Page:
Friday Fictioneers – Never forgetting

PHOTO PROMPT © Dale Rogerson

I will never forget you, I swore: my first encounter with death. One day she was there, and the next, incomprehensibly absent—a silly fall from a mountain.

A memory of us lying together on the narrow single bed. She was propped on one elbow. “I don’t mind leading you down the garden path,” she said. I didn’t understand what she meant—she was two years older than me, and knew things I didn’t.

Yes, I can remember my adoration. But not the face, the shape, the smell. Those have vanished. Also, her name.

.

Friday fictioneers is a weekly challenge set by Rochelle Wisoff Fields to write a 100-word story in response to a photo prompt. You can find other stories here

70 thoughts on “Friday Fictioneers – Never forgetting

  1. A fascinating story. Is your protagonist suffering from early dementia, or are you suggesting most people experience the loss of detailed memories of loved ones? There is a ring of truth about this story that makes me wonder whether it’s autobiographical – or whether you’ve just used excerpts from your own life rather more expertly than most of us manage! I’m thinking particularly of “A memory of us lying together on the narrow single bed.” That sounds like the voice of experience to me!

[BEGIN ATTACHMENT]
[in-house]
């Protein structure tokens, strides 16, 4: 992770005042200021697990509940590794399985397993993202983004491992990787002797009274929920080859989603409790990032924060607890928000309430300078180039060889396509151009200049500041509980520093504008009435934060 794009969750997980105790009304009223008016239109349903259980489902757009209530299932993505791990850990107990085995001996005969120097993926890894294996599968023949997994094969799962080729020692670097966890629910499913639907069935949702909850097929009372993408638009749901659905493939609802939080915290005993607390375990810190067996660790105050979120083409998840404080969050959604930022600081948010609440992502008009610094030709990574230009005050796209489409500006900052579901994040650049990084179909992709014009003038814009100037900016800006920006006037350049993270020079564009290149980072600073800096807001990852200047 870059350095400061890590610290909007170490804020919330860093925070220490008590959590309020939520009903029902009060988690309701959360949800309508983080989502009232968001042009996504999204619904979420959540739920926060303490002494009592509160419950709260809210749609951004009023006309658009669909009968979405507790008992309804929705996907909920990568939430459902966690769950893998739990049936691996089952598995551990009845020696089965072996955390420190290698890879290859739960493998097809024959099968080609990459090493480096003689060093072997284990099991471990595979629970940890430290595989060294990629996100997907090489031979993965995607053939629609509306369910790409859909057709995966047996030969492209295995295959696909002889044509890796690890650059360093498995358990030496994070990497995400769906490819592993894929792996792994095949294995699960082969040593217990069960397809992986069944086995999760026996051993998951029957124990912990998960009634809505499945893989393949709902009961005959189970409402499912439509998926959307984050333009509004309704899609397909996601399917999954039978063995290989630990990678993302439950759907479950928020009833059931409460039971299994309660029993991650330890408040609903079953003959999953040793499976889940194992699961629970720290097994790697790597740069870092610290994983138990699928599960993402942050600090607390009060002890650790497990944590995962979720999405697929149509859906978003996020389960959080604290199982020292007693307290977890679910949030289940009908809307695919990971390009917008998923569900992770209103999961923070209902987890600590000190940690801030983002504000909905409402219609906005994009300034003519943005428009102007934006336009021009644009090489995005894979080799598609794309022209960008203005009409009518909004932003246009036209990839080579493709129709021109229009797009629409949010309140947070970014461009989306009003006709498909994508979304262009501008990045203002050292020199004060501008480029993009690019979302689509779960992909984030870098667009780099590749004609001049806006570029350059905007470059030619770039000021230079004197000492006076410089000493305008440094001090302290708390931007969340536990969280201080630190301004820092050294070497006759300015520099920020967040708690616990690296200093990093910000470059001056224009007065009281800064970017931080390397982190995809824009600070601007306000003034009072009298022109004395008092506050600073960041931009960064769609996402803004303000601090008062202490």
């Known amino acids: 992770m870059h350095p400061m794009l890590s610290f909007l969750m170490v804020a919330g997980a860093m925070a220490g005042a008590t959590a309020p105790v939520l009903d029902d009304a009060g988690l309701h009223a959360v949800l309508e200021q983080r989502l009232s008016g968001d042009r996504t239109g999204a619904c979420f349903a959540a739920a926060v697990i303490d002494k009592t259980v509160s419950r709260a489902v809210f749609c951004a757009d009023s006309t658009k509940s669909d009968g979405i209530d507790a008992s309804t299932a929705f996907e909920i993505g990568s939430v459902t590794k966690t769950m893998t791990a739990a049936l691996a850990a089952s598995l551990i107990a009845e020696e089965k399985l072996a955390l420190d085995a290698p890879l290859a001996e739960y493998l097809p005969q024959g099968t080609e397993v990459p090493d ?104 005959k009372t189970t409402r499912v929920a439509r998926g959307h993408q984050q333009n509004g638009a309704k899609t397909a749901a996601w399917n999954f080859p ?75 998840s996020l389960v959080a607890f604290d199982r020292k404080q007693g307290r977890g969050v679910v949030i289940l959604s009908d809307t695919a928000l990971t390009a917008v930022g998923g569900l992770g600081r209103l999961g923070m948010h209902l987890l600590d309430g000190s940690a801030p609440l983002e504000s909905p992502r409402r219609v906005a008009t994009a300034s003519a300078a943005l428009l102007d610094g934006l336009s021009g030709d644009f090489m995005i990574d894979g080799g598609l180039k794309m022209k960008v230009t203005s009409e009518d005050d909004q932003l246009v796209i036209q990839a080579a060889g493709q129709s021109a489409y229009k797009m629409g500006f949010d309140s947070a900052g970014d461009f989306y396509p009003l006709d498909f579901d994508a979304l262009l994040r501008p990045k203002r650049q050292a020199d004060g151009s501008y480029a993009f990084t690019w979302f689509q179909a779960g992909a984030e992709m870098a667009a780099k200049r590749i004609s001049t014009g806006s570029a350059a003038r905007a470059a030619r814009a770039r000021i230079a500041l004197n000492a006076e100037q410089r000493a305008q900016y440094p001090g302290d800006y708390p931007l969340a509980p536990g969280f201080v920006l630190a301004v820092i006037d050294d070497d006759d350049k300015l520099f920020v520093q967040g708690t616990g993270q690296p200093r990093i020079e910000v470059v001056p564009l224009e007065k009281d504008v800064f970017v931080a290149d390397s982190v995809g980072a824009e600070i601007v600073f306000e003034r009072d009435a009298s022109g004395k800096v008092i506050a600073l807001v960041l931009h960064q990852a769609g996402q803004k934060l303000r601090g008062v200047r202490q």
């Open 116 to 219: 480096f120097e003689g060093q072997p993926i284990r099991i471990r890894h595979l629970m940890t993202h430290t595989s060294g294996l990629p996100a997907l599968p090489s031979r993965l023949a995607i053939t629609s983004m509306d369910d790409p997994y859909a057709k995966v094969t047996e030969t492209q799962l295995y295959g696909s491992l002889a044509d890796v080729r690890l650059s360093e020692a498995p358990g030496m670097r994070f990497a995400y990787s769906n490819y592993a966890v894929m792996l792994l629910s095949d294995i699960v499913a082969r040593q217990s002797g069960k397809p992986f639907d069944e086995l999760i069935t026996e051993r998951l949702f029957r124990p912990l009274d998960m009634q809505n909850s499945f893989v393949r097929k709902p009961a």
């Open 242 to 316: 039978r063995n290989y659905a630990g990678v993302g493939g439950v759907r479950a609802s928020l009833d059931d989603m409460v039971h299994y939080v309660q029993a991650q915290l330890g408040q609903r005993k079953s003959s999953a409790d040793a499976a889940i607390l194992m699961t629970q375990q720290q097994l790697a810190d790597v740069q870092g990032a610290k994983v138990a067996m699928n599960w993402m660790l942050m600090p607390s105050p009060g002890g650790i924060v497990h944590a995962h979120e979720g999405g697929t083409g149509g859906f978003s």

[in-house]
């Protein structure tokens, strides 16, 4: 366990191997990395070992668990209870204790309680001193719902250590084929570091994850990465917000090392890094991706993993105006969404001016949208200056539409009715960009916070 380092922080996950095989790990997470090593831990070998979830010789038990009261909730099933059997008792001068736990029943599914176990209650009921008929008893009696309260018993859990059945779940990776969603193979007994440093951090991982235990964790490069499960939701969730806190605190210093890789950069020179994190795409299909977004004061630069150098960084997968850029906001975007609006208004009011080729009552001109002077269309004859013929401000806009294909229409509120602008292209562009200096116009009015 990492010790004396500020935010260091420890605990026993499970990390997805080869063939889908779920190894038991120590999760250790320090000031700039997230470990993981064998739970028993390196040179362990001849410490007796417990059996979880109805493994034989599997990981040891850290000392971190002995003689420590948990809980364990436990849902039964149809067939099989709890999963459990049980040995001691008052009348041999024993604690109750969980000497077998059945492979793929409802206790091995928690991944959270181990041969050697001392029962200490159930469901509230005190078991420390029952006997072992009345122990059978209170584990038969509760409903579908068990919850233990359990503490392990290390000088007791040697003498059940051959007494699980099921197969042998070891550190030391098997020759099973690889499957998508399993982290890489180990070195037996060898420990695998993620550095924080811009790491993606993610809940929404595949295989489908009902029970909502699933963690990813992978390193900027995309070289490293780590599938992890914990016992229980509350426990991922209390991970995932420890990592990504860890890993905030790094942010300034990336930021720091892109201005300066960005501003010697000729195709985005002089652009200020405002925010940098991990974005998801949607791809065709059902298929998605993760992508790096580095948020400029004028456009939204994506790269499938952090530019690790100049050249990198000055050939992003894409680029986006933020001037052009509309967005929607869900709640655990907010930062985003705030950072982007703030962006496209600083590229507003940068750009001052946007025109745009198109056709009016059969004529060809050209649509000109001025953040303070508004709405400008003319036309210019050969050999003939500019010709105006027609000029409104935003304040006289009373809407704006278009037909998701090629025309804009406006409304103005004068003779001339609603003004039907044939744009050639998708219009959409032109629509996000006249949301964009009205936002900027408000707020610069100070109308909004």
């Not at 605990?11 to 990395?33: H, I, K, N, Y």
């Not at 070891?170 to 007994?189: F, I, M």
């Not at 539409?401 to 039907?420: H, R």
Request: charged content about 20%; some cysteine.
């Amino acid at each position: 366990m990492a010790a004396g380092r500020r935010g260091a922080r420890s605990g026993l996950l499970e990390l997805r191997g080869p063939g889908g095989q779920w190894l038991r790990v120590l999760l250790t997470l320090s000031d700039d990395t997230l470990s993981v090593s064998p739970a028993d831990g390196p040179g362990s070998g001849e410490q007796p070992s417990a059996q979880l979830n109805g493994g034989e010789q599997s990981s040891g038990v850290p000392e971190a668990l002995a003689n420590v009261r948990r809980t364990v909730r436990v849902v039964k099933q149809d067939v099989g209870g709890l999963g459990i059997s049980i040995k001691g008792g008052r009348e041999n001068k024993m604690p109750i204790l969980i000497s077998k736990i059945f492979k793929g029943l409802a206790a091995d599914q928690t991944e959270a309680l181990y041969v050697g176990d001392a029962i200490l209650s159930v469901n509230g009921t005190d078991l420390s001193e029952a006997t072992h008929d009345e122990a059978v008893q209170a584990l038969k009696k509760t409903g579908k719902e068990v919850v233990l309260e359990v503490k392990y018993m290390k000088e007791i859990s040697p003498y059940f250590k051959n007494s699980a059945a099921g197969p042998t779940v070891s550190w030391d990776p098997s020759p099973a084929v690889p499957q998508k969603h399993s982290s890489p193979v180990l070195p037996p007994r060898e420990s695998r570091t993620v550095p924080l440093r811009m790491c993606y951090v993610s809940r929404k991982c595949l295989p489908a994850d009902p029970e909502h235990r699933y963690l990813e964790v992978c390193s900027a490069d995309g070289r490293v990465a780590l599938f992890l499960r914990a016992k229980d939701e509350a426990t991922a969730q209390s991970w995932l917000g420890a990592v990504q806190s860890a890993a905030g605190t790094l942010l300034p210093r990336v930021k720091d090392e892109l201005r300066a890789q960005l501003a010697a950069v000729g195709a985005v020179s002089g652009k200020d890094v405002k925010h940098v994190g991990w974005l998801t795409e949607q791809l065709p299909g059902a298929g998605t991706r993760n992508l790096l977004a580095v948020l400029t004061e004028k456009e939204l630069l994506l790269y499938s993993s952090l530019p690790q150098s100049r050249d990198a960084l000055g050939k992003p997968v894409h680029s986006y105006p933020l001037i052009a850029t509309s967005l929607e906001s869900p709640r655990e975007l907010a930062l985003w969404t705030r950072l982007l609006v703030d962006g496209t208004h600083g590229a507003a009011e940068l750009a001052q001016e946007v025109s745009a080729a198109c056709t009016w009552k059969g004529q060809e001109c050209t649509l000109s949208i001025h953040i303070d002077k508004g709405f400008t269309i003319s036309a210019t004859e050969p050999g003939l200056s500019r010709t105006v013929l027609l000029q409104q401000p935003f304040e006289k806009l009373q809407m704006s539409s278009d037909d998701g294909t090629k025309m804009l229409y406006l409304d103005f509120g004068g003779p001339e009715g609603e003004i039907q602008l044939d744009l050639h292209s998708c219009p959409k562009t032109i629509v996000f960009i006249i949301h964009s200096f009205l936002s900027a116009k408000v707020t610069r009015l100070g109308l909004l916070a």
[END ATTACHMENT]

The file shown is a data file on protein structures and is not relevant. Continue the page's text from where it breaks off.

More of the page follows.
Liked by 1 person

    1. I didn’t imagine him as suffering anything other than the way time ravages and rewrites our memories. No, it’s not autobiographical, though I did have a girlfriend who died falling off a mountain. Her name was Nora

      Liked by 1 person

      1. I had moments where I thought there was something wrong with me when others could describe, down to every detail, a memory. Then again, maybe it’s an embellished “remembery” 🙂

        Liked by 1 person

    1. If we weren’t able to forget, we’d never be able to recognise things like loved ones’ faces because each time we saw them they’d be a little different. Quite a lot of remembering is about forgetting

      Like

  2. Very thought-provoking. I think we remember what is important to us at the time and that changes with age. He remembers the ‘feeling’ of her, and you described that feeling nicely.

    Like

Leave a Reply

Fill in your details below or click an icon to log in:

WordPress.com Logo

You are commenting using your WordPress.com account. Log Out /  Change )

Google photo

You are commenting using your Google account. Log Out /  Change )

Twitter picture

You are commenting using your Twitter account. Log Out /  Change )

Facebook photo

You are commenting using your Facebook account. Log Out /  Change )

Connecting to %s